By Jay Greenberg,
It is so hard for the both Rangers and Capitals to see through all those bodies blocking the puck's path to the net that if the teams switched uniforms for Game 5 Monday night, they might be able to pull the wool over the eyes of their fans.
But it's best-of-three now. So in the looking glass Michael Del Zotto sees a window of opportunity, not a mirror.
"No, we're a completely different team," insisted the Rangers' defenceman. "The [Caps] defend hard but we are a very unique team.
"There is not another team that comes at you as hard as we do. That's the staple of our team."
The most consistent night-in, night-out effort, not the greatest talent, earned the Rangers the Eastern Conference title by one point over Pittsburgh and home ice advantage in the post-season by 17 points over Ottawa and Washington.
Yet, to no one's huge surprise, New York needed seven games to get by the eighth-seeded Senators by just one goal and now the Rangers are 2-2 with Washington.
The only thing more consistent than the hard work of a regular-season conference leader over the course of an 82-game season is the year-in, year-out certainly that effort will be matched once the post-season begins. This was often the case even before the salary cap brought blanketing parity to the NHL and is ever more true today.
This Ranger series doesn't have the bare knuckles of the last one. But there is no reason to believe it won't continue to be white knuckles to the end.
"If you are one of the eight teams playing in your conference, you are a good hockey club," said John Tortorella. "We didn't expect anything different, that's just the way it is."
"We are going to continue to go about our business."
Instead of, as usual, telling us what is none of anybody's business, the coach even discussed some of that business Sunday.
"There were some struggles away from the puck for him, Tortorella said about his third-period benching of rookie Chris Kreider, who gave the puck away to Alex Ovechkin on the game's first goal. "Sometimes it's good to watch."
Sometimes this series is hard to watch, for lack of offensive opportunities. The margin is five goals in four games. For Washington against Boston, it was seven in seven games, so despite the Caps' inability to buy a goal, they continue to buy into the plan.
In fact, a penny for Brooks Laich's thoughts on the matter Sunday brought out the first real anger showed by either team in the series.
"We were supposed to be taking a page from the Bruins, but we blocked more shots and played tighter defensive hockey than one of the best defensive team in the league," the Caps' centre said after practice.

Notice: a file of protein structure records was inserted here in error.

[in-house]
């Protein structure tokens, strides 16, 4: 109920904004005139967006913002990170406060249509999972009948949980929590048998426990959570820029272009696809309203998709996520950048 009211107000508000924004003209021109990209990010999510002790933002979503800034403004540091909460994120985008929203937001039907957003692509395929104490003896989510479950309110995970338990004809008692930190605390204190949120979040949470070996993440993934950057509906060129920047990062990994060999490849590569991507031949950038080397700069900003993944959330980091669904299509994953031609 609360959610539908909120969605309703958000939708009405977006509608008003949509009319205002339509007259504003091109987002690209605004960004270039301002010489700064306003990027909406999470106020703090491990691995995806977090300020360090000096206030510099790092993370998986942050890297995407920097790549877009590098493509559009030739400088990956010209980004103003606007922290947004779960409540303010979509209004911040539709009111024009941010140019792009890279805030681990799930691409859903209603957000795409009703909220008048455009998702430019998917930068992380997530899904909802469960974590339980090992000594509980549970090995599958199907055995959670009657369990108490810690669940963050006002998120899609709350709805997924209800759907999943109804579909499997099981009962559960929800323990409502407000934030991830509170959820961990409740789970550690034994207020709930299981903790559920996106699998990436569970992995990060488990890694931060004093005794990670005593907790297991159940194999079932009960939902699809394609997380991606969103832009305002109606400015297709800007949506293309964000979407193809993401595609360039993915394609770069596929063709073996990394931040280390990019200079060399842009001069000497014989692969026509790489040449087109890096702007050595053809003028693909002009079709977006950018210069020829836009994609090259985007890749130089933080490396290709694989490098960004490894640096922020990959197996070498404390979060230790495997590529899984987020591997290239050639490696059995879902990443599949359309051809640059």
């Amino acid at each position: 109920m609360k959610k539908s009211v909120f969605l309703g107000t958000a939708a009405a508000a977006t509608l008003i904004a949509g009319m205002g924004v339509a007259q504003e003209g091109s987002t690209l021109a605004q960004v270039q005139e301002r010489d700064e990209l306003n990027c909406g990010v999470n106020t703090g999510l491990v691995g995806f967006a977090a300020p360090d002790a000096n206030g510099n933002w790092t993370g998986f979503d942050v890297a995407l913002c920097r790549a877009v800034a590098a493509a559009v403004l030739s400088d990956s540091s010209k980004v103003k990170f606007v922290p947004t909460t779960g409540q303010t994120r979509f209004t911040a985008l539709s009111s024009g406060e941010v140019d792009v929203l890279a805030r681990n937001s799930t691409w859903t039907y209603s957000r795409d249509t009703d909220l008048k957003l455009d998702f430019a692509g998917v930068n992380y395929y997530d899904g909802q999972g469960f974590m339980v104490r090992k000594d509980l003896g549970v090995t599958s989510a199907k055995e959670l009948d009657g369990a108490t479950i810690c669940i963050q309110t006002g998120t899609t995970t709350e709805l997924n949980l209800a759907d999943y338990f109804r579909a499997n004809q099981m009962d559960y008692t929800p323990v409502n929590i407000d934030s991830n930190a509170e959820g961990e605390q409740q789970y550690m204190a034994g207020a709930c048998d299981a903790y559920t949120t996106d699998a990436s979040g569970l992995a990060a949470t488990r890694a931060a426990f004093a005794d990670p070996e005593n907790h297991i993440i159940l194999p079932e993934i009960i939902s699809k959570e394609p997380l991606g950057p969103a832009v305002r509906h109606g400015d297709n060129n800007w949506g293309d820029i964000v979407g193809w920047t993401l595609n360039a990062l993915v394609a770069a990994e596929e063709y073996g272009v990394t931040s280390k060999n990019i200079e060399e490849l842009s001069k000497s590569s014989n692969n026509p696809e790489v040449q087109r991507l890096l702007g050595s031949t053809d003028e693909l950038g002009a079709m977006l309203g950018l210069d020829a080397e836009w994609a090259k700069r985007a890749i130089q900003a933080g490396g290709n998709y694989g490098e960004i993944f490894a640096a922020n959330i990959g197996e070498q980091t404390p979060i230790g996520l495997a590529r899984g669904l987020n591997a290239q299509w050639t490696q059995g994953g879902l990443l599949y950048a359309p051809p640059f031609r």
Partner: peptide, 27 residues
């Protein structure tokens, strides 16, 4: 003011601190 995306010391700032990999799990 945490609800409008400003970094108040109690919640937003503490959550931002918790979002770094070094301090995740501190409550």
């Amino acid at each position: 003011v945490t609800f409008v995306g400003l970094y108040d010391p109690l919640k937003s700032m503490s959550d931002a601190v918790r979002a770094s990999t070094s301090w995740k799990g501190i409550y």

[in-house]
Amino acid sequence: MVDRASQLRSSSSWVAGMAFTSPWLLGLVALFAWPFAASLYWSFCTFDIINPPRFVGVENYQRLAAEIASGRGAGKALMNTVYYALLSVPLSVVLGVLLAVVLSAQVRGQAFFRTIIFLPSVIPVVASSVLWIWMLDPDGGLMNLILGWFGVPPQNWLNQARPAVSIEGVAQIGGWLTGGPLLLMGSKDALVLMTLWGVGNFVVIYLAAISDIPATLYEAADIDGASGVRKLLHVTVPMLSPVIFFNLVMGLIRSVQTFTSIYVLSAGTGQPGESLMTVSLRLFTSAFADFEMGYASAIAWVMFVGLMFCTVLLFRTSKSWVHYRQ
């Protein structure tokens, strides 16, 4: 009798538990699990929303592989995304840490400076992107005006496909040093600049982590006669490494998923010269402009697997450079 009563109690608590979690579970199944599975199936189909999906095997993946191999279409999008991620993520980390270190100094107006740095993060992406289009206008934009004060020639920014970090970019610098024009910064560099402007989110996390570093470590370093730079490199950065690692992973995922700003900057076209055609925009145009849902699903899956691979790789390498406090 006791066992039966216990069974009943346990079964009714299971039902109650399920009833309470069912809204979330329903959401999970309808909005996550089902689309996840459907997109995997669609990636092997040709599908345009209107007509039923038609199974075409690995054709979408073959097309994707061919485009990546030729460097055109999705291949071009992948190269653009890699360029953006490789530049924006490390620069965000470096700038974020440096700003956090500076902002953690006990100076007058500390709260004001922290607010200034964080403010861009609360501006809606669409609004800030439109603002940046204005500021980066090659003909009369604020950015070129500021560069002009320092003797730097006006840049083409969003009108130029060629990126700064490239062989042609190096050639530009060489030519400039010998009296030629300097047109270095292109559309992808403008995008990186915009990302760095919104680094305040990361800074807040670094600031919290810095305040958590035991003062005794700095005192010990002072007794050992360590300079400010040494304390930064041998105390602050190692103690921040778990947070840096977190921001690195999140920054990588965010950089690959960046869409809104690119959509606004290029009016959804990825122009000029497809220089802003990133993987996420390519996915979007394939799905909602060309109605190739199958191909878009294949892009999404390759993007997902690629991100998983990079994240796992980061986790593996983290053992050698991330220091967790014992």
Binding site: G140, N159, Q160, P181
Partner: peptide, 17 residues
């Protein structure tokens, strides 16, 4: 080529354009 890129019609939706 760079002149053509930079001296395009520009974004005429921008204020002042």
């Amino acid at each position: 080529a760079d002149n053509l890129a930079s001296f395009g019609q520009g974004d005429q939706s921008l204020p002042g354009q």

"We are giving up 15- 18 shots a game and everybody says that's the Rangers' identity. I'm sick of hearing that. We have great defensive players on this team. Sometimes our defensive efforts are overlooked."
The Caps had 26 blocks in their 3-2 Game 4 win, suggesting that New York's next looks should overlook the net.
"At times we're getting the puck past that first layer but they do a good job of having their centres fill in the middle of the ice and their D are fronting shots," said Del Zotto, the Rangers' primary blue-line catalyst. "It's the second and third layers that are toughest to get by.
"Sometimes not getting it to the net, just getting it down low, will help us get some chances."
No chance that Alex Ovechkin, who left his feet to hit Dan Girardi in open ice during Game 4, will be suspended for Game 5, so the Caps still will have the services of the series' one true game-breaker.
Marian Gaborik is the Rangers' most skilled offensive player. More a finisher than a creator, however, he has been seen on the bench pointedly hearing from Tortorella about making more happen, never mind goals in the last two games.
Meanwhile Brad Richards, who was good in Game 3, was not in Game 4.
"We've got to do more," said Richards. "It's hard sometimes because you might have zone time, think you're doing a lot because you are getting pucks, but you break it down and look back, you needed to try to beat a guy and get an extra step to the net.
"If you were getting 25 chances and 40 shots a night, maybe you start getting frustrated, but I don't think we have done that. I don't think [Caps goalie Braden Holtby] extends too often. So we have to get more out of it."
In this series, just one more opportunity ultimately will be the difference. But against this kind of stifling checking, it takes more than good work, but good fortune.
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